Frequently Asked Questions
What is a PGI?
Since 1993, the European Union (EU) has provided a framework that gives legal protection for named regional food products against imitation across the EU. This framework is important because it aims to protect and promote regional food products and rural economies that can become vulnerable as the EU expands and regional markets move to national and international supply chains.
A Protected Geographical Indication (PGI) is one of three European designations created to protect regional foods that have a specific quality, reputation or other characteristics attributable to that area. It acts like a Trade Mark or ‘Appellation Controllee’ and stops manufacturers from outside a region copying a regional product and selling it as that product.
The Cornish pasty was awarded PGI status in 2011 which means that only Cornish pasties made in Cornwall and following the traditional recipe can legally be called and sold as ‘Cornish pasties’.
What are the characteristics of a genuine Cornish pasty?
A genuine Cornish pasty has a distinctive ‘D’ shape and the pastry edges are crimped to one side of the pasty. This is distinctive to and different from a simple pinched seal across the top of the pasty. The filling for the pasty is made up of uncooked minced or roughly cut chunks of beef (not less than 12.5%), swede, potato and onion with a light seasoning. The pastry casing is golden in colour, savoury, glazed with components of milk, egg or both and robust enough to retain its shape throughout the cooking and cooling process without splitting or cracking. The whole pasty is slow-baked to ensure that flavours from the raw ingredients are maximised. No artificial flavourings or additives must be used. And, perhaps most importantly, if made for a commercial purpose, it must be made in Cornwall.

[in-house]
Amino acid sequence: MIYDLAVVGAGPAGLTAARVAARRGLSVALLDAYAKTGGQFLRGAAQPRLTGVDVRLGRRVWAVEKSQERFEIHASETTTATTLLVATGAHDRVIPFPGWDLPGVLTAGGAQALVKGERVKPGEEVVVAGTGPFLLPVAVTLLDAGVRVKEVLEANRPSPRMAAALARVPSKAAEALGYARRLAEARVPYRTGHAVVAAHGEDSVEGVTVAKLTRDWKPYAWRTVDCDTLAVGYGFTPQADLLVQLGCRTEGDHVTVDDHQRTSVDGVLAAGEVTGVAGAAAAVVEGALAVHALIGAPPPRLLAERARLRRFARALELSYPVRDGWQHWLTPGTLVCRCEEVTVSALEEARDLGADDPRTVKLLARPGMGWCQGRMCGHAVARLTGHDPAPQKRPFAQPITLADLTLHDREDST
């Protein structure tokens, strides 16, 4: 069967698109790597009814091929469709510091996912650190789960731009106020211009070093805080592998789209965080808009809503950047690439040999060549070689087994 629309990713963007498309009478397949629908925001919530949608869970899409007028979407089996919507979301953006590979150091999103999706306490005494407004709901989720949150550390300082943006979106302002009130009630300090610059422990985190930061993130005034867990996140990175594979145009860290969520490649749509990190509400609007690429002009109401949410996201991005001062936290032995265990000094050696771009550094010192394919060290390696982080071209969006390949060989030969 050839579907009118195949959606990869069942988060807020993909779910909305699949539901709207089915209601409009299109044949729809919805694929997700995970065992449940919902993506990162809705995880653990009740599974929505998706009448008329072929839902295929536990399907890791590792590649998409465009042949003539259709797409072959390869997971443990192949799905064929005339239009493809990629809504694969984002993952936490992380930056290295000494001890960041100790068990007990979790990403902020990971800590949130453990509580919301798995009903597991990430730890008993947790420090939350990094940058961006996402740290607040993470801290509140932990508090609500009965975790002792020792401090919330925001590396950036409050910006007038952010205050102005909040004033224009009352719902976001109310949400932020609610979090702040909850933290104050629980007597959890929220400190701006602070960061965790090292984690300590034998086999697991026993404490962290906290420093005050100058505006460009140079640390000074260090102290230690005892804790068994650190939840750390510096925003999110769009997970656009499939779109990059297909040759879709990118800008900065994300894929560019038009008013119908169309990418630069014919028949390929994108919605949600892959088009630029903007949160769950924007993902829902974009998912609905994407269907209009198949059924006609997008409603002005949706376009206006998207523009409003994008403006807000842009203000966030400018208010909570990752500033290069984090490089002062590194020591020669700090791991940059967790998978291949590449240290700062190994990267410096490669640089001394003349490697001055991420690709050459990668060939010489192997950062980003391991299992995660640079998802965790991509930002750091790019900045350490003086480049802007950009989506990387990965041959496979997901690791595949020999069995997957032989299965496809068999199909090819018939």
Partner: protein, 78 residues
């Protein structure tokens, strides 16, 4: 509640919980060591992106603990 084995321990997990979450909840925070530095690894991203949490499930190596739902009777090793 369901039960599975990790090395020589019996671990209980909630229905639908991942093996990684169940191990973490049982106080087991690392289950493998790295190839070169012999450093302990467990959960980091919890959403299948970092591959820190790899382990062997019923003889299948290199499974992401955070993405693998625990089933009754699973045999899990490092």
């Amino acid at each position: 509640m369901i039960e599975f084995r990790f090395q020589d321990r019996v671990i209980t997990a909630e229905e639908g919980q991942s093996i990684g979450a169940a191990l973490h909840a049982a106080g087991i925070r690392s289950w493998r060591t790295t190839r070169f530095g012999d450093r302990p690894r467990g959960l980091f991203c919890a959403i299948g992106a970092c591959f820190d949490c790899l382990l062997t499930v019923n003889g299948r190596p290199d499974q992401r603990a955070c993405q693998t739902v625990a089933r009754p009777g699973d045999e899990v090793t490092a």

What does the PGI status mean for Cornish pasty makers?
The regulation protects the authenticity of genuine Cornish pasties. Since the regulation was published in the Official Journal of the European Union, pasty makers who do not meet the requirements of the registered specification may no longer use the protected name.
How is industry regulated?
All pasty producers who wish to label their products as Cornish pasties are verified by one of the official verification bodies to ensure that the pasties are made according to the requirements of the registered specification. Those who have been successfully verified are awarded certification, which permits them to use the protected name and the official EU PGI logo. Producers who do not comply with regulation will either be required to adjust the way they produce Cornish pasties or to stop trading their products as Cornish pasties.
Do I need to be a member of the CPA to produce Cornish pasties?
Membership of the CPA is not mandatory to use the protected name but verification is (see above). CPA members are able to access information and guidance on this process and the verification fee is included in the CPA’s membership fee (which is based on the number of pasties the member produces). Members also benefit from additional marketing materials and trade opportunities. A full list of benefits and an application form can be found here.
How do consumers know if they have bought a genuine Cornish pasty?
Packaged PGI approved products will carry an official PGI symbol on pack. Bakeries that sell genuine Cornish pasties will show the PGI logo in their stores too.
Many members also use the Cornish Pasty Association’s logo to demonstrate that their product specification complies with the PGI standards and is the genuine article.
Who should I go to for advice?
Anyone – people looking for a genuine Cornish pasty or with questions about a particular product, as well as pasty-makers, retailers and wholesalers can call Cornwall Food & Drink on 01872 865101 or email email@example.com